| January 30, 2014
Hatteras Island Real Estate: Questions owners are askingLast
Friday, Irene Nolan, editor of the Island Free Press
(www.islandfreepress.org), Hatteras Island’s online news website, wrote
a blog titled “Islands Under Siege.” In it, she cataloged many of the
issues currently facing Hatteras and Ocracoke islands, and she
commented on the economic impact that these challenges are
creating. In this article, I would like to expand on this theme
as it relates to the real estate market on Hatteras Island.
By TOM HRANICKA
the past two months, I have received a number of calls from homeowners,
who are all asking essentially the same questions – what is the current
real estate market environment like and where do you think the market
These were my responses.
Based on the
year-end statistics, 2013 will be the fifth year of flat real estate
prices on Hatteras Island. In reality, selling prices have dropped
slightly. The following chart shows the history of average residential
selling prices on the island since 2005, the year the buyer’s market
began for us. Median sale prices are following a similar pattern.
What is keeping prices from increasing?
my opinion, the principle reason is buyer uncertainty over access to
the island via the Oregon Inlet Bridge and Highway 12 on Pea Island.
It is a generally accepted axiom that markets don’t like uncertainty.
2011, the island was impacted by Hurricane Irene which left Highway 12
closed for over a month. In 2012, Super-storm Sandy again closed
Highway 12 for a period of time, followed by limited access across a
sand road that was passable only by vehicles with four-wheel drive.
Then, last December, the Bonner Bridge was closed for ten days because
of the loss of sand around the base of one set of pilings. During these
periods of closure or limited access, residents and visitors had to use
ferry service between Rodanthe and Stumpy Point to get to and from the
Prior to the bridge closure last December, some
buyers were starting to consider other areas north of Oregon Inlet as
alternatives to Hatteras Island for their purchases. Their thought
process was that they really wanted a cottage on Hatteras Island.
However, if they were going to buy, they wanted to be confident that
they could get to their property, and once they got to their cottage,
they wanted to be assured that they could get off the island by road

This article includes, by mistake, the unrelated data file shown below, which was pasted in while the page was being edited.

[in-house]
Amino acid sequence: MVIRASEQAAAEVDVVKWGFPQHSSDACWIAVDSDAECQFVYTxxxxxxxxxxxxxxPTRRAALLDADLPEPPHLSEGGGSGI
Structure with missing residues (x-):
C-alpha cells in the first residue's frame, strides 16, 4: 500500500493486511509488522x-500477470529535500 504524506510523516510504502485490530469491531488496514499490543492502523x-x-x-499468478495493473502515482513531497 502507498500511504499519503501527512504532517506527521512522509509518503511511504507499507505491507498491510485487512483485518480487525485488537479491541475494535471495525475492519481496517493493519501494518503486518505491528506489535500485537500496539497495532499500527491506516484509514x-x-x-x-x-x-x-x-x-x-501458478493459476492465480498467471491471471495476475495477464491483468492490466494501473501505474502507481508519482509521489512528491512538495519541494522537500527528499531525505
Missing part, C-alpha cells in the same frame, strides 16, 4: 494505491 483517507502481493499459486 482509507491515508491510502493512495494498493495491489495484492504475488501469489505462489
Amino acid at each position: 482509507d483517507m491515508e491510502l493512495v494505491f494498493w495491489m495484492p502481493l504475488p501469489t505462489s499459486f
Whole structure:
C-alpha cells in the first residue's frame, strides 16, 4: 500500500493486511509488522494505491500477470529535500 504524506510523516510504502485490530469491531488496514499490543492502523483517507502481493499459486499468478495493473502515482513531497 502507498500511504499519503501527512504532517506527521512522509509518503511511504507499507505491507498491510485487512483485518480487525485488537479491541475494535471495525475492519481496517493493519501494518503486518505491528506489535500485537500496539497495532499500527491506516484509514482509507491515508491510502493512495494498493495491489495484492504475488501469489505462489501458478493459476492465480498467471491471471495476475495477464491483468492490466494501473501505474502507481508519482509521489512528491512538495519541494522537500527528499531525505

versus the ferries.
The recent closing of the bridge prompted
a more immediate and strident response. I heard reports that a few
buyers who had contracts to purchase properties decided to cancel those
A secondary factor that has affected the real
estate market has been the National Park Service closures of prime
fishing areas of the beach and the increasing restrictions on the usage
of the beach in general. Another issue that is starting to emerge is
the changes that are proposed for the National Flood Insurance Program.
What is it going to take to turn this pattern of flat real estate prices around?
firmly believe that buyers are anxiously awaiting some sign that
progress is being made on stabilizing access to the island. Every time
construction on the new bridge is ready to start, extremist
environmental groups obtain another injunction to stop the work.
summer, beach nourishment was supposed to take place in the high
erosion area around the S-curves north of Mirlo Beach. To date, no
action has taken place although once again, the authorities are saying
that beach nourishment will begin shortly. The bottom line is that
there has been only limited visible progress on any of these projects.
This leaves us with the question of where the real estate market is headed.
the long run, I have no doubt whatsoever that real estate prices will
recover, albeit at a moderate pace. However, in the short run, I
foresee another flat year in 2014 for the real estate market unless
buyers can see some progress, no matter how small, on the various
Highway 12 improvement projects.
A potentially positive factor
working in the background is that observers of the Hatteras Island real
estate market say that the island’s market runs in approximately
10-year cycles. If there is any validity to this pattern, then 2013
marked the eighth year in the cycle.
Conversations usually end
with the owners requesting probable sale price analyses of their
properties whether or not they plan to list their cottages for sale. As
a part of their services, our Hatteras Island real estate brokers
regularly provide owners with complimentary evaluations of the probable
sale prices of their homes or unimproved lots.
One thing is
absolutely certain - there is no place like Hatteras Island, and if we
can persevere through the current uncertainties, I am confident that
real estate values will once again reflect the unique values presented
by the island’s homes and lots.
The other certainty is that
current price levels present an extremely attractive purchasing
opportunity for those who have dreamed of having a cottage at the
beach. Any time that you can purchase property for 45 cents on the
dollar relative to peak prices, it is a situation worth your careful
Hranicka is an associate broker with Outer Beaches Realty. Questions,
comments, or suggestions for future articles may be sent to Tom
Hranicka at P.O. Box 237, Avon, NC 27915, or e-mail to
[email protected]) Copyright © 2012 Tom & Louise
Hranicka. All rights reserved.